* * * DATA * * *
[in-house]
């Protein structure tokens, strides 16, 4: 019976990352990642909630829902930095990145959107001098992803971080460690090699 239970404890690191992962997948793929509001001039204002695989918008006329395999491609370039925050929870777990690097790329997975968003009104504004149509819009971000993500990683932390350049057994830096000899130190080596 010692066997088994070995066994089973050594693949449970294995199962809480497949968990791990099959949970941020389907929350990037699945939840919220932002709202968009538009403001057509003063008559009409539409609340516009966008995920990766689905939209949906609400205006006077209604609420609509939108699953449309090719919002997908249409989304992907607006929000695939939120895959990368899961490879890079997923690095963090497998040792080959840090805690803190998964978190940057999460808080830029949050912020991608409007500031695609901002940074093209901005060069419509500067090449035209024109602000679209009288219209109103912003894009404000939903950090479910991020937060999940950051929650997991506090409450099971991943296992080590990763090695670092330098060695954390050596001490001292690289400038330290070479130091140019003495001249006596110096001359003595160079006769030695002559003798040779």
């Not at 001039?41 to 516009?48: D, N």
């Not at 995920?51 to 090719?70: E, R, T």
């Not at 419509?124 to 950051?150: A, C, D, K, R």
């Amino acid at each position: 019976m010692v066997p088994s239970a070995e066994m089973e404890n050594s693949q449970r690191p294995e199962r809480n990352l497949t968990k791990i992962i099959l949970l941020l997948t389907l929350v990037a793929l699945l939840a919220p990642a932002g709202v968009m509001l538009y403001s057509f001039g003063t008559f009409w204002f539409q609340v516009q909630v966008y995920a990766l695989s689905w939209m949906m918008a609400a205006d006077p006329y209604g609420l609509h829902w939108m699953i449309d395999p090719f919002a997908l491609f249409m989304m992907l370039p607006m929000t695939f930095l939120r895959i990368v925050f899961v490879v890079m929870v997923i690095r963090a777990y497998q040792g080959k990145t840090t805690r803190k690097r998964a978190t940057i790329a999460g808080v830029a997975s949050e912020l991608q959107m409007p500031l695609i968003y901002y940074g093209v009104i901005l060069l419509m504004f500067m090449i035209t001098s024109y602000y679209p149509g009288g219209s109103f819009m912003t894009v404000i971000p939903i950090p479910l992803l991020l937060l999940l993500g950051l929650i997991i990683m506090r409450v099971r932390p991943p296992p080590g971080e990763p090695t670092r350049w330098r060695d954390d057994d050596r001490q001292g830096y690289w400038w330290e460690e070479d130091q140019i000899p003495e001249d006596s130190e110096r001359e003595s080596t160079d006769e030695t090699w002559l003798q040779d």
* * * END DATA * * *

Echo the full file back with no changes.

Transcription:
[in-house]
């Protein structure tokens, strides 16, 4: 019976990352990642909630829902930095990145959107001098992803971080460690090699 239970404890690191992962997948793929509001001039204002695989918008006329395999491609370039925050929870777990690097790329997975968003009104504004149509819009971000993500990683932390350049057994830096000899130190080596 010692066997088994070995066994089973050594693949449970294995199962809480497949968990791990099959949970941020389907929350990037699945939840919220932002709202968009538009403001057509003063008559009409539409609340516009966008995920990766689905939209949906609400205006006077209604609420609509939108699953449309090719919002997908249409989304992907607006929000695939939120895959990368899961490879890079997923690095963090497998040792080959840090805690803190998964978190940057999460808080830029949050912020991608409007500031695609901002940074093209901005060069419509500067090449035209024109602000679209009288219209109103912003894009404000939903950090479910991020937060999940950051929650997991506090409450099971991943296992080590990763090695670092330098060695954390050596001490001292690289400038330290070479130091140019003495001249006596110096001359003595160079006769030695002559003798040779």
């Not at 001039?41 to 516009?48: D, N």
């Not at 995920?51 to 090719?70: E, R, T």
């Not at 419509?124 to 950051?150: A, C, D, K, R």
């Amino acid at each position: 019976m010692v066997p088994s239970a070995e066994m089973e404890n050594s693949q449970r690191p294995e199962r809480n990352l497949t968990k791990i992962i099959l949970l941020l997948t389907l929350v990037a793929l699945l939840a919220p990642a932002g709202v968009m509001l538009y403001s057509f001039g003063t008559f009409w204002f539409q609340v516009q909630v966008y995920a990766l695989s689905w939209m949906m918008a609400a205006d006077p006329y209604g609420l609509h829902w939108m699953i449309d395999p090719f919002a997908l491609f249409m989304m992907l370039p607006m929000t695939f930095l939120r895959i990368v925050f899961v490879v890079m929870v997923i690095r963090a777990y497998q040792g080959k990145t840090t805690r803190k690097r998964a978190t940057i790329a999460g808080v830029a997975s949050e912020l991608q959107m409007p500031l695609i968003y901002y940074g093209v009104i901005l060069l419509m504004f500067m090449i035209t001098s024109y602000y679209p149509g009288g219209s109103f819009m912003t894009v404000i971000p939903i950090p479910l992803l991020l937060l999940l993500g950051l929650i997991i990683m506090r409450v099971r932390p991943p296992p080590g971080e990763p090695t670092r350049w330098r060695d954390d057994d050596r001490q001292g830096y690289w400038w330290e460690e070479d130091q140019i000899p003495e001249d006596s130190e110096r001359e003595s080596t160079d006769e030695t090699w002559l003798q040779d």